Psychotherapy to treat mania often involves cognitive behavioral therapy. This therapy method identifies the thought processes that lead to mania and related behaviors. It can help pinpoint triggering or troublesome thought patterns then gradually replace them with healthier thoughts and behaviors. Over time this method may reduce the chances of having a manic episode.

WHEN TO SEE A MENTAL HEALTH PROFESSIONAL

Mental health issues are real, common, and treatable. According to the National Alliance on Mental Illness (NAMI) 1 in 5 adults experience mental illness and 20% of those are considered serious. 17% of 6-17 year olds experience a mental health disorder. So the first thing to remember is this: You are not alone.

If you feel that you are suffering from a mental illness, and particularly if those issues are preventing you from living life to the full or feeling yourself, you may want to consider professional help which can make an enormous difference.

And to be clear, you don't need to be going through a crisis in order to justify getting help. In fact, it can be advantageous from a treatment perspective to identify and deal with issues early and before they have a major impact on your life. Either way you should feel encouraged and able to seek help however you are feeling.

Mental health professionals such as licensed therapist can help in a range of ways including:

  • Help you identify where, when, and how issues arise
  • Develop coping strategies for specific symptoms and issues
  • Encourage resilience and self-management
  • Identify and change negative behaviors
  • Identify and encourage positive behaviors
  • Heal pain from past trauma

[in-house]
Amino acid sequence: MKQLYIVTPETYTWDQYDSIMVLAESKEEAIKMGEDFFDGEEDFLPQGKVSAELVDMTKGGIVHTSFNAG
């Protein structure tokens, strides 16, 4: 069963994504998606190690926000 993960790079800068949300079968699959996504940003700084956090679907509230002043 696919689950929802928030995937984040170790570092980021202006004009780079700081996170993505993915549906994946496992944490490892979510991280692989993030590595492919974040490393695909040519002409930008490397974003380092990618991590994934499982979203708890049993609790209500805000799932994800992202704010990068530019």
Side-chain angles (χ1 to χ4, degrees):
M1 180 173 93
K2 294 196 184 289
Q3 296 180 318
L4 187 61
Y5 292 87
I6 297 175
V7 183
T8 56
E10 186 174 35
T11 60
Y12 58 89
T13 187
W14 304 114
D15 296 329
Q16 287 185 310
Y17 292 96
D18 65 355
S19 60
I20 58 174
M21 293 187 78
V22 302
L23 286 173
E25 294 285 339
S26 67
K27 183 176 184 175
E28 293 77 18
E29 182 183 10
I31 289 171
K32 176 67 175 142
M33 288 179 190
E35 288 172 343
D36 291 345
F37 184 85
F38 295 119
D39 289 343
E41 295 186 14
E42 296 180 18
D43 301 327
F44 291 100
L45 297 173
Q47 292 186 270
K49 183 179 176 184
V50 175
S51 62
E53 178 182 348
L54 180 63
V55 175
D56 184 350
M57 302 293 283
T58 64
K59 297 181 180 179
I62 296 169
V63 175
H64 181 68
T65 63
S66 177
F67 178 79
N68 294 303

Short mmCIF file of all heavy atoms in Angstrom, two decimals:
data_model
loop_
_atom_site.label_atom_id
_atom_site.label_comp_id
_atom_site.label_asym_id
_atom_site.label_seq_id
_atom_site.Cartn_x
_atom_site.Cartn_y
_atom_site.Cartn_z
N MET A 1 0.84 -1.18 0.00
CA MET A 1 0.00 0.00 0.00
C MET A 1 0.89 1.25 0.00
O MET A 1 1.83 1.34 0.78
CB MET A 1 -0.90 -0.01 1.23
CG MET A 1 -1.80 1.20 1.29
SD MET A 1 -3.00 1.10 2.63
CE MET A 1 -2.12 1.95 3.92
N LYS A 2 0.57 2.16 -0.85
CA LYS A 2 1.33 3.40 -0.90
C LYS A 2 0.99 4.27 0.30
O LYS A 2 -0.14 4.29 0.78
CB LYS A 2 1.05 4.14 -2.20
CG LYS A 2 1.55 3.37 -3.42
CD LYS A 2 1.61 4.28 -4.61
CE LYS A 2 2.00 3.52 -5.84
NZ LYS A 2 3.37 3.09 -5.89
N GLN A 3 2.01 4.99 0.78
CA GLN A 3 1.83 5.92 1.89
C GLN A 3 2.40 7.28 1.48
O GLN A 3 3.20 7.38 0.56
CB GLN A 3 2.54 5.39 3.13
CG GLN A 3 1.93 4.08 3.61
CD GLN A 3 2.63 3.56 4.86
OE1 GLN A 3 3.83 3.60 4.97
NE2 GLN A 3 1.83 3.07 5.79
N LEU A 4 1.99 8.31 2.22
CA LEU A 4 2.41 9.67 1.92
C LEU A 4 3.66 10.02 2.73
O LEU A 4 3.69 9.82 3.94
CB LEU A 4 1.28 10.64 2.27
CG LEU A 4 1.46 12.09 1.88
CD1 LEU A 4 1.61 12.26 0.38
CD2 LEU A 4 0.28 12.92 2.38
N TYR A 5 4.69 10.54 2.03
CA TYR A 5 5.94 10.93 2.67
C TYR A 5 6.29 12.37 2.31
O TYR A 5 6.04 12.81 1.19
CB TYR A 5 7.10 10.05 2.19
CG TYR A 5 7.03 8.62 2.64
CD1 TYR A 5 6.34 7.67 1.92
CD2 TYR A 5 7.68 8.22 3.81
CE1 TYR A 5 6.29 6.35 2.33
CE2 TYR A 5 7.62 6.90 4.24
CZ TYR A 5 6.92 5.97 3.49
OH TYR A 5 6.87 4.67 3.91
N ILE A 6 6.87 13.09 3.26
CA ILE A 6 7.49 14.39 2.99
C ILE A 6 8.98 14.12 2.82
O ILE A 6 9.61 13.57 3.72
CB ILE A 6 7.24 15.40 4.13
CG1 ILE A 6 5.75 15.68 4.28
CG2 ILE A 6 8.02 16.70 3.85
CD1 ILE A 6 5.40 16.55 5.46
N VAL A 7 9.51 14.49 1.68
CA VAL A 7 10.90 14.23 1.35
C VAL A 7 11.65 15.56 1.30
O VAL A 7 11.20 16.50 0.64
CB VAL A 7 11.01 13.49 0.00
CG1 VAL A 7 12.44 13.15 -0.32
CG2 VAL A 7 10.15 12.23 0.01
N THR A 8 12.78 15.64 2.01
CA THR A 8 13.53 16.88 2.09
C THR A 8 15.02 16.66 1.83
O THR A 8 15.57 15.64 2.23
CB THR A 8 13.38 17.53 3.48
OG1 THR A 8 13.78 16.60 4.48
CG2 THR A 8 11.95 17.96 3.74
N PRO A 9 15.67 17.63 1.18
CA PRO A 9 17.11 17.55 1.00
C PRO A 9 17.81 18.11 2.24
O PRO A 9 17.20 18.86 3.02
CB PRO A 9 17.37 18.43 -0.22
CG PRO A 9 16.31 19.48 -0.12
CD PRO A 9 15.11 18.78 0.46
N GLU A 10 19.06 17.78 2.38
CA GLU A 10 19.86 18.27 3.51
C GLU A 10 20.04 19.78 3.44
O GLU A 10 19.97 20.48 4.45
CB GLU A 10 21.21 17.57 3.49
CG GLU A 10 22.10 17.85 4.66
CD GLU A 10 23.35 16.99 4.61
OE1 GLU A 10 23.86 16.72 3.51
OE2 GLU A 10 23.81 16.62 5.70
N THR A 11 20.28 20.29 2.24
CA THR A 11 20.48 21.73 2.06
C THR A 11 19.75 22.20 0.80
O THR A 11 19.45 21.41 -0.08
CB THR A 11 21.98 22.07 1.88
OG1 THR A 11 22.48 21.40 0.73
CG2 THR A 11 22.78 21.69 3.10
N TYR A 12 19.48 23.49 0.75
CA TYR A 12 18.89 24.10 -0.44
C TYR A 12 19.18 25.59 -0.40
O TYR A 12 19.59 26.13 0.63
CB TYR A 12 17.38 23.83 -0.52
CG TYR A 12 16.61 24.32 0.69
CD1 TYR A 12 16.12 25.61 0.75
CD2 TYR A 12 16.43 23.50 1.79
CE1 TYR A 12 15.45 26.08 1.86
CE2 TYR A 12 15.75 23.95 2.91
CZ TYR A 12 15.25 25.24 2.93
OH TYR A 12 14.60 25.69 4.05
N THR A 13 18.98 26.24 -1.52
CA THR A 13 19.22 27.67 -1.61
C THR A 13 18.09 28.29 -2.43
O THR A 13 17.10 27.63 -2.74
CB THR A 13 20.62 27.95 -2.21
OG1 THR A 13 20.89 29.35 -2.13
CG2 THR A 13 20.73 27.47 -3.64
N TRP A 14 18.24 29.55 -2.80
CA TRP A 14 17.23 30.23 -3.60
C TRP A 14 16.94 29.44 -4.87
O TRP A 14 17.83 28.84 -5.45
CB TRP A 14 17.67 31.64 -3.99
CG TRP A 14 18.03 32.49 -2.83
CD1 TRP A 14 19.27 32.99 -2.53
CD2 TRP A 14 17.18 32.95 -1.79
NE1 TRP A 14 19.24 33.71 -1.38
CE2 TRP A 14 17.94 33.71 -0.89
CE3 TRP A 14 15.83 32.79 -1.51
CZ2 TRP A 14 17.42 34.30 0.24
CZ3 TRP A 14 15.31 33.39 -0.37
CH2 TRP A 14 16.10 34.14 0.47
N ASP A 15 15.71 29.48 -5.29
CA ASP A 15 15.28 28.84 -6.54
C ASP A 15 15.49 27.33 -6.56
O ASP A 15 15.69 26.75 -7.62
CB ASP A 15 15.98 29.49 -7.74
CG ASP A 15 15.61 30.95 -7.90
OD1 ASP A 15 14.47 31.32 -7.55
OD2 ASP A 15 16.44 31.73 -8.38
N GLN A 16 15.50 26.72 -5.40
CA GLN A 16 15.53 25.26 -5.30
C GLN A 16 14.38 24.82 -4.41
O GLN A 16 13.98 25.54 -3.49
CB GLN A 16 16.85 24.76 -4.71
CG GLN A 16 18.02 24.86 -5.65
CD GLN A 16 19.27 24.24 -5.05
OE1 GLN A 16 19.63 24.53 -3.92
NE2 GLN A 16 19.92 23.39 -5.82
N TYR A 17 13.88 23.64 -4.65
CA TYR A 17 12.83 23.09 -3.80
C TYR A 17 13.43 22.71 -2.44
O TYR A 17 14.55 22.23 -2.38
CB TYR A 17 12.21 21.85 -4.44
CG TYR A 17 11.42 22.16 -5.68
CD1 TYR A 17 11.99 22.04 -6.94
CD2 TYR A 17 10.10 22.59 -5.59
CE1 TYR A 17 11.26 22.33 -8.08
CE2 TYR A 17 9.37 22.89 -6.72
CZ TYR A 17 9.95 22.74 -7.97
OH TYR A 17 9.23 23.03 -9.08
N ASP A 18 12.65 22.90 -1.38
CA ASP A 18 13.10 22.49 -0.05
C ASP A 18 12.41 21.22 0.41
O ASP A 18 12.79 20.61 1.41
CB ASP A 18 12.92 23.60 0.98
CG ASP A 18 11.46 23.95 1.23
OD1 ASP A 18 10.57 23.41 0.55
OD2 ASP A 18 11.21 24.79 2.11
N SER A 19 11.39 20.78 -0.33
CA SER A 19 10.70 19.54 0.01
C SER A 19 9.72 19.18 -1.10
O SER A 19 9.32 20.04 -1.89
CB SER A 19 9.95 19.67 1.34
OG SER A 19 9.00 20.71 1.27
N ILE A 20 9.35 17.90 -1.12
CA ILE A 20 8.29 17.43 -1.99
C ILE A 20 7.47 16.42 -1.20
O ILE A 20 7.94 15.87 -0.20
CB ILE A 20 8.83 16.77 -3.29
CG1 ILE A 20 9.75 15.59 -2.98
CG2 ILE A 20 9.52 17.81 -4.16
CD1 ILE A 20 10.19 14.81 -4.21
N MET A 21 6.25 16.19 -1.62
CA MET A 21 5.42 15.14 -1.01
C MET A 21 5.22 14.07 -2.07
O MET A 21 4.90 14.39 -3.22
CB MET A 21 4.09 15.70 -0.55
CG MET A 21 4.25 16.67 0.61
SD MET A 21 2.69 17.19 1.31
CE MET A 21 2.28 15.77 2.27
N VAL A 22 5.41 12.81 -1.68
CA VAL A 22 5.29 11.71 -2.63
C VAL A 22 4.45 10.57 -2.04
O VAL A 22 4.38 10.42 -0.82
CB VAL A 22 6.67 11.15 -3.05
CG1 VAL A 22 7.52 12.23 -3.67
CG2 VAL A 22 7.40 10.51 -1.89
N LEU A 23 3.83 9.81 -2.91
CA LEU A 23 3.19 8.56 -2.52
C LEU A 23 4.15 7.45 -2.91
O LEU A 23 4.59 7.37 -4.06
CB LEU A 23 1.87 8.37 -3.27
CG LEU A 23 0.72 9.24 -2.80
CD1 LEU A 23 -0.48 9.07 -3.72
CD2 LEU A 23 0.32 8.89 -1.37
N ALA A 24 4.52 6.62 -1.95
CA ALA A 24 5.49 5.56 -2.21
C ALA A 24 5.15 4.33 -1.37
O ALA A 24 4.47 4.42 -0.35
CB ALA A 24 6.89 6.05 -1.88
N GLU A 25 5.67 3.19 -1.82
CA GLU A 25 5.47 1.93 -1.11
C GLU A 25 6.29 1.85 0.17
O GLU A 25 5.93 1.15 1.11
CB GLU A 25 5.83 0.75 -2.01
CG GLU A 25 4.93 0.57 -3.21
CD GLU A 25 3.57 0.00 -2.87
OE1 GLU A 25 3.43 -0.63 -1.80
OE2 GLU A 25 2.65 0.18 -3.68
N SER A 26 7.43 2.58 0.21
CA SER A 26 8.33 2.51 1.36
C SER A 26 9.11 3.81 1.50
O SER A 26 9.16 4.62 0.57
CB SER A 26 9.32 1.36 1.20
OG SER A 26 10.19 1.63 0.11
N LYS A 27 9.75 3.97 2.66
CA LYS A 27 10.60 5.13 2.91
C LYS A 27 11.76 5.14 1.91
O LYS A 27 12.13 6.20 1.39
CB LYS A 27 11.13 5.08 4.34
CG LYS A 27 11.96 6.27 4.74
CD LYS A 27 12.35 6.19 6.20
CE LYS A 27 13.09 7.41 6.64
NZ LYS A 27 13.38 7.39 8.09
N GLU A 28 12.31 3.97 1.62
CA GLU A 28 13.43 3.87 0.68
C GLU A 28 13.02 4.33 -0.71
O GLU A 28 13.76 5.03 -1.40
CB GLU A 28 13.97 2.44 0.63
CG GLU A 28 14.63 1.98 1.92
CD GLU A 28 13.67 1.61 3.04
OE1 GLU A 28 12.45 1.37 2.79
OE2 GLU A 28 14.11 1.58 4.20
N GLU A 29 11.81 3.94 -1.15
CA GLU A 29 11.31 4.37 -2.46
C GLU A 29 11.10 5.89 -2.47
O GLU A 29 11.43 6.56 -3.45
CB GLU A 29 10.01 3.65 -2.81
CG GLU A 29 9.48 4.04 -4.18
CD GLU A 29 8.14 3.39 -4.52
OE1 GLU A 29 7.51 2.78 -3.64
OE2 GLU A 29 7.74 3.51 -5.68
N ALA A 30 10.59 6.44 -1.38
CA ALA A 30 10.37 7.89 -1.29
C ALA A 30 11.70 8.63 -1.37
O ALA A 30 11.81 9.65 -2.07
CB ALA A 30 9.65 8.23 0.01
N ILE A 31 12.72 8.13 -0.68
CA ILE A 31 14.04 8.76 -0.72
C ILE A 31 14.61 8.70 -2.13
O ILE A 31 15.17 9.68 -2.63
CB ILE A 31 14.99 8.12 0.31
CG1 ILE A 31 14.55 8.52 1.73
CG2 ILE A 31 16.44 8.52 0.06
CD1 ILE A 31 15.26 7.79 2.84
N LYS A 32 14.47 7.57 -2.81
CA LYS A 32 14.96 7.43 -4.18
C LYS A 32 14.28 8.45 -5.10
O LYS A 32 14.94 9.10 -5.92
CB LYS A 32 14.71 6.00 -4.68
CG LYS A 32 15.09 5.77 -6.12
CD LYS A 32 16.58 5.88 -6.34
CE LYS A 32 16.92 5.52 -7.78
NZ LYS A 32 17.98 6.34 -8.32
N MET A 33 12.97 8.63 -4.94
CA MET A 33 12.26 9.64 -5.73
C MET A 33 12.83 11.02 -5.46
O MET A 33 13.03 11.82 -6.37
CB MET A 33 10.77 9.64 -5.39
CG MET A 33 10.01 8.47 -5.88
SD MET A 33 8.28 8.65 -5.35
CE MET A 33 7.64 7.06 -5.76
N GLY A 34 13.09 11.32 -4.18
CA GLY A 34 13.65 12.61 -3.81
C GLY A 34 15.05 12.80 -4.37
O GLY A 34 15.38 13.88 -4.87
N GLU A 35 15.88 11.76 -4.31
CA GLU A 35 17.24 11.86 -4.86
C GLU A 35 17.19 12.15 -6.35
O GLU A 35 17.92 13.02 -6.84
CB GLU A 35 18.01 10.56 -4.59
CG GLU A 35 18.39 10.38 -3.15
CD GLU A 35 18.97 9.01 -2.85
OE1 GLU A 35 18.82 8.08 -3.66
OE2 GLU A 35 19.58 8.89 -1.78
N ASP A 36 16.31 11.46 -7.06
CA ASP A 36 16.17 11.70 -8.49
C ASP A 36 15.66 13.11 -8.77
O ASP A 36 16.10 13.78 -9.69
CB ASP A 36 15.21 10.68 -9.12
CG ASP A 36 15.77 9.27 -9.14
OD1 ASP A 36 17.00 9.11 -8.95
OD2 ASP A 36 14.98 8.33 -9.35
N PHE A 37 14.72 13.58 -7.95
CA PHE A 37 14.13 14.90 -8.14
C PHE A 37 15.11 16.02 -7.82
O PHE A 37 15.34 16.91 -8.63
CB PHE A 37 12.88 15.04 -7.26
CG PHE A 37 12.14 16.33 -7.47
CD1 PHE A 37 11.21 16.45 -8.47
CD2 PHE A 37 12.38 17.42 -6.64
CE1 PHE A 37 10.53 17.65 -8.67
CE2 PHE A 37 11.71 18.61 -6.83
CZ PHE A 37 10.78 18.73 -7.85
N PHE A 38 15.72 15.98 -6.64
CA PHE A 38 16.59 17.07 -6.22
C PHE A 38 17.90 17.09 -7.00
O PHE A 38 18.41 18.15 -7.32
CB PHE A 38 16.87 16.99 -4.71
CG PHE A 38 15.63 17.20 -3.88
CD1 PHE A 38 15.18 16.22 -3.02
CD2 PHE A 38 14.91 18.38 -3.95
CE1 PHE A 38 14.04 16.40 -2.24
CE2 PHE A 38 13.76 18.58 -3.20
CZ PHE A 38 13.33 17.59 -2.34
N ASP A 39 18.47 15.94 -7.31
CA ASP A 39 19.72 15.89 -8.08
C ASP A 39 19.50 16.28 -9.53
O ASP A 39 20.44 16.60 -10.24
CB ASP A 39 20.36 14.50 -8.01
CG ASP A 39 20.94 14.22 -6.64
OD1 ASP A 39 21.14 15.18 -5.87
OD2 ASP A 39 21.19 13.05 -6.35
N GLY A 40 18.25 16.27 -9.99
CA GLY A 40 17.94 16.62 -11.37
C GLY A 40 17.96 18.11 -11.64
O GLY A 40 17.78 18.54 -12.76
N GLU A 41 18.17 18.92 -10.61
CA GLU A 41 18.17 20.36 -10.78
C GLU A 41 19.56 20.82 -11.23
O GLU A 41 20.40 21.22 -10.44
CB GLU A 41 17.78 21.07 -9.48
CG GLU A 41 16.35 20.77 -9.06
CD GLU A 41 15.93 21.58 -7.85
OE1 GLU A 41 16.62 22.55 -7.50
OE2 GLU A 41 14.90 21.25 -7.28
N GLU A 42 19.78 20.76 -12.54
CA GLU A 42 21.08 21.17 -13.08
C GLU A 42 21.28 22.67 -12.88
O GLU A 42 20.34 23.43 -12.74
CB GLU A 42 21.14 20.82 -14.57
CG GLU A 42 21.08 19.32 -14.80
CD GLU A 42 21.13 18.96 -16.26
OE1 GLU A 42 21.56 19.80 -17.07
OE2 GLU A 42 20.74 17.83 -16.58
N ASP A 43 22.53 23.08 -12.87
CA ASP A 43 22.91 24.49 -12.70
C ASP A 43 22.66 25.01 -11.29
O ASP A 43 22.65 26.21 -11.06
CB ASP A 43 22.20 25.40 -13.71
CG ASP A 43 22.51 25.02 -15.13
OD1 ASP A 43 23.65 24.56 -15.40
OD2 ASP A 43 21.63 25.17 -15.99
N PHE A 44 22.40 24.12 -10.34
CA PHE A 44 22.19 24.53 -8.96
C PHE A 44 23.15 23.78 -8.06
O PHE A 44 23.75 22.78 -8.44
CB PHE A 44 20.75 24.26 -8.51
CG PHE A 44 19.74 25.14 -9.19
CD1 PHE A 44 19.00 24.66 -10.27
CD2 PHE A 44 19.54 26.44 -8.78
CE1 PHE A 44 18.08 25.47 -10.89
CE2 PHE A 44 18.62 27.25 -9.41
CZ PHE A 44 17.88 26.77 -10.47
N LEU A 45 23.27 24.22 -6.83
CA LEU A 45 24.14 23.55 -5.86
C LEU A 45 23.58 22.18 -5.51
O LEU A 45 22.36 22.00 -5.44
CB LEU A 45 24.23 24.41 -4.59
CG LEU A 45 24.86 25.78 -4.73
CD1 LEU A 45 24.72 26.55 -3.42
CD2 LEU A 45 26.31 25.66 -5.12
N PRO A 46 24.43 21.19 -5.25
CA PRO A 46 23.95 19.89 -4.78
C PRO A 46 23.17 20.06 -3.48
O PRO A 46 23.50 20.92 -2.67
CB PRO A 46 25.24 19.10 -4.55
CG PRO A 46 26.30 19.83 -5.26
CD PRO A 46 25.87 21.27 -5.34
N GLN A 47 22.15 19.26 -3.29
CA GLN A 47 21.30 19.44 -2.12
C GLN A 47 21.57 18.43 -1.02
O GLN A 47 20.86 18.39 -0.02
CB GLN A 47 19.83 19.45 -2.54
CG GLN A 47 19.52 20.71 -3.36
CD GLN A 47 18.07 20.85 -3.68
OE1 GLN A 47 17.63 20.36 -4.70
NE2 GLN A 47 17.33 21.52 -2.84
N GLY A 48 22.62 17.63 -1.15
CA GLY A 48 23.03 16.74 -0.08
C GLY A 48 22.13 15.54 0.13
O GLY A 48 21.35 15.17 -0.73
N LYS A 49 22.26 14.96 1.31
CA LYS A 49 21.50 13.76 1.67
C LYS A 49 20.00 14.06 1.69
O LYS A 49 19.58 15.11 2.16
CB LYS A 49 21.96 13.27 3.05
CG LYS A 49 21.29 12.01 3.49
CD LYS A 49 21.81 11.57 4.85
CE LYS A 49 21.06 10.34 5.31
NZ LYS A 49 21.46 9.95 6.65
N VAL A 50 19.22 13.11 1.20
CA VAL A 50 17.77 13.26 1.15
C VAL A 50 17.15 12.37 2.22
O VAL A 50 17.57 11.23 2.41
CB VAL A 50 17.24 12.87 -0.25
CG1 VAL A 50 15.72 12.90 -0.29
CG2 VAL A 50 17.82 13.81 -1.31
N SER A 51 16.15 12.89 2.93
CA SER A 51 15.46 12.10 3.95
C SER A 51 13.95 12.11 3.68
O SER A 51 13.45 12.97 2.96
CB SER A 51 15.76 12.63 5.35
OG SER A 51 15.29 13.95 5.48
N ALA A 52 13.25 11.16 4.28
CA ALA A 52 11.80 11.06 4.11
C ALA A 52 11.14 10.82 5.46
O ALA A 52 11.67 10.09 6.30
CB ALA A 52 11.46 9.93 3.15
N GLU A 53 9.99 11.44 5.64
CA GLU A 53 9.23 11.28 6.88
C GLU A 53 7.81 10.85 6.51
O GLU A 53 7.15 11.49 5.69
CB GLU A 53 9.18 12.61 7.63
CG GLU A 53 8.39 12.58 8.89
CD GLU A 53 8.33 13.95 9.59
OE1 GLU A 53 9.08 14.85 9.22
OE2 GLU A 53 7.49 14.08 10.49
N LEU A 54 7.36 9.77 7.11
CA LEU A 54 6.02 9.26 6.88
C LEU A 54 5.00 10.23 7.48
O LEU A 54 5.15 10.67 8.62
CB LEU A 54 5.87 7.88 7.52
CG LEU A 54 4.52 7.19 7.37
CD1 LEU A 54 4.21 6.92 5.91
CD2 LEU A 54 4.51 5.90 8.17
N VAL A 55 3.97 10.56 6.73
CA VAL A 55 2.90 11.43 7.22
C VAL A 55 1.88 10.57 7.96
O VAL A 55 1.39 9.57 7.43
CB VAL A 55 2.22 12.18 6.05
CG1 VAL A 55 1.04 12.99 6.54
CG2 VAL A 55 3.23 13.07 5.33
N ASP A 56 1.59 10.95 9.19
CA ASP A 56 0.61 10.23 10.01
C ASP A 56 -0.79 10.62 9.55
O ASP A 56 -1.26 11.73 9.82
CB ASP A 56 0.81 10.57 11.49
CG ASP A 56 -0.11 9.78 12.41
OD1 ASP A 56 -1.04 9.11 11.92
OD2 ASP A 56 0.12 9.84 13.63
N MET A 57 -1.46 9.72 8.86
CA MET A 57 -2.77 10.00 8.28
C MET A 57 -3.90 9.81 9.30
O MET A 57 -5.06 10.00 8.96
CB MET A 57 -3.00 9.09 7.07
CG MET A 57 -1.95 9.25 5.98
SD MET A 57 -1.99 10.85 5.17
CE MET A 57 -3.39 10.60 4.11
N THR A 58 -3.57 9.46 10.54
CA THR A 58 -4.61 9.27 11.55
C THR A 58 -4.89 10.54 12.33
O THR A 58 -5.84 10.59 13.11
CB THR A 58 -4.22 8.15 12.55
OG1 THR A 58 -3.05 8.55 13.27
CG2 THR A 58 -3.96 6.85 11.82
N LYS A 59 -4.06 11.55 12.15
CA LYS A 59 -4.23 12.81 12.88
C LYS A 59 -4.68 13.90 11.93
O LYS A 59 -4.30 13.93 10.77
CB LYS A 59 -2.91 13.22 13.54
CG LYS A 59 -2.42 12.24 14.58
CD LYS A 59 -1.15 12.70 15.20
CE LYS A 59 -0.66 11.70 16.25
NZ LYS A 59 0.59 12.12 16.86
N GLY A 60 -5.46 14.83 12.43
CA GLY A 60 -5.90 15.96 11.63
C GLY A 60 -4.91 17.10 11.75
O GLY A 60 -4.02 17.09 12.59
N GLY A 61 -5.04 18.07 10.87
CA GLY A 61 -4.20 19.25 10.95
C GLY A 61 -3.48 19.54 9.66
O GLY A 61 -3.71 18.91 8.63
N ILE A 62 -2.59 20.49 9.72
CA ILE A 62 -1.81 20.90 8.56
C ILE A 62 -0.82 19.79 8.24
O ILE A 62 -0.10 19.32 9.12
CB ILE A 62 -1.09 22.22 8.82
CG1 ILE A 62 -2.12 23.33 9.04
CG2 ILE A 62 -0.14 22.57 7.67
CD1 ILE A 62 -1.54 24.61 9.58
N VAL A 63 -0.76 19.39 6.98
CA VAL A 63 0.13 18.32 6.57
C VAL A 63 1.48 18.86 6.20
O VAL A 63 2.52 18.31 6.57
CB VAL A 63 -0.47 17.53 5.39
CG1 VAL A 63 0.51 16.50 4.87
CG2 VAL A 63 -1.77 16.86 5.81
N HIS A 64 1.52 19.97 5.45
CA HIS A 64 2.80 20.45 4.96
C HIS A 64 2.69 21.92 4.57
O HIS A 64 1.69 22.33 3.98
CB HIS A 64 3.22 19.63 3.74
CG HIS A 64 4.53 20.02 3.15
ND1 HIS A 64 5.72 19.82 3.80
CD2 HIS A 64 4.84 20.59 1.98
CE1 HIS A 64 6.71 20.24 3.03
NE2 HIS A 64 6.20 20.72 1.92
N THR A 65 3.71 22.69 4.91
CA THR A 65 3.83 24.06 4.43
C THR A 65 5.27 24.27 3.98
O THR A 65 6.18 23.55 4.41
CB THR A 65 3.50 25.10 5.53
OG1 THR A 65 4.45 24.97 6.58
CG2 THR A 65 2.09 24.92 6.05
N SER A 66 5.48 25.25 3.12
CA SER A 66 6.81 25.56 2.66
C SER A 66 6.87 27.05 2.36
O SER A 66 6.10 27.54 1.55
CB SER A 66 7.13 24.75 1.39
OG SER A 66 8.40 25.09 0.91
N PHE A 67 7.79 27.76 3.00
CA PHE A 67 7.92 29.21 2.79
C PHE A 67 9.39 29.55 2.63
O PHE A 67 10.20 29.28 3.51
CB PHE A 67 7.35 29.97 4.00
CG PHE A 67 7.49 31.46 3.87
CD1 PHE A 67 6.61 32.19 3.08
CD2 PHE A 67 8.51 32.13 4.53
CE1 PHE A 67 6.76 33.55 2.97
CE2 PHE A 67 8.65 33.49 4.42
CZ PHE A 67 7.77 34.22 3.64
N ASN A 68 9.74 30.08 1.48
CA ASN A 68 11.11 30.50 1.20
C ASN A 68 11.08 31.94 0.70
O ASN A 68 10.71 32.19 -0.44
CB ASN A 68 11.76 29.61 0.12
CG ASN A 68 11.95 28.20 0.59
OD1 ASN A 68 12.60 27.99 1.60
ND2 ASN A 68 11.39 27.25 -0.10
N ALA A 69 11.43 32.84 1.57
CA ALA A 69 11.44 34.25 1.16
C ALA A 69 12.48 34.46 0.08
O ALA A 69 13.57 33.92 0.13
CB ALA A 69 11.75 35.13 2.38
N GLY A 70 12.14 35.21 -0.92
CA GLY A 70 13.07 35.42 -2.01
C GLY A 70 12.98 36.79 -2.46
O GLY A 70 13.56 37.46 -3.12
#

• Figure out goals and waypoints
  • Build self-confidence

Treatment for mental health issues, and psychotherapy (sometimes known as 'talk therapy') in particular, frequently helps people to feel better, manage, and even get rid of their symptoms. For example, did you know that over 80% of people treated for depression materially improve? Or that treatment for panic disorder has a 90% success rate?

Other treatment options include medication which, in some cases, can be highly effective when administered in combination with psychotherapy.

So what is psychotherapy? It involves talking about your problems and concerns with a mental health professional. It can take lots of forms, including individual, group, couples and family sessions. Often, people see their therapists once a week for 50 minutes to start with and then reducing frequency as time goes on and issues subside. Treatment can be as short as a few weeks or as long as a few years depending on your particular situation and response.

Never think that getting help is a sign of weakness. It isn't. In fact, it can be a sign of strength and maturity to take the steps necessary to becoming you again and getting your life back on track.

WHEN TO GET EMERGENCY HELP

Are you in distress? If so, or if you think that you may hurt yourself or attempt suicide, call 911 or your local emergency number immediately.

Also consider these options if you're having suicidal thoughts:

  • Call your mental health specialist.
  • Call a suicide hotline number — in the U.S., call the National Suicide Prevention Lifeline at 1-800-273-TALK (1-800-273-8255).
  • Seek help from your primary doctor or other health care provider.
  • Reach out to a close friend or loved one.
  • Contact a minister, spiritual leader or someone else in your faith community.

If a loved one or friend is in danger of attempting suicide or has made an attempt:

  • Make sure someone stays with that person.
  • Call 911 or your local emergency number immediately.
  • Or, if you can do so safely, take the person to the nearest hospital emergency room.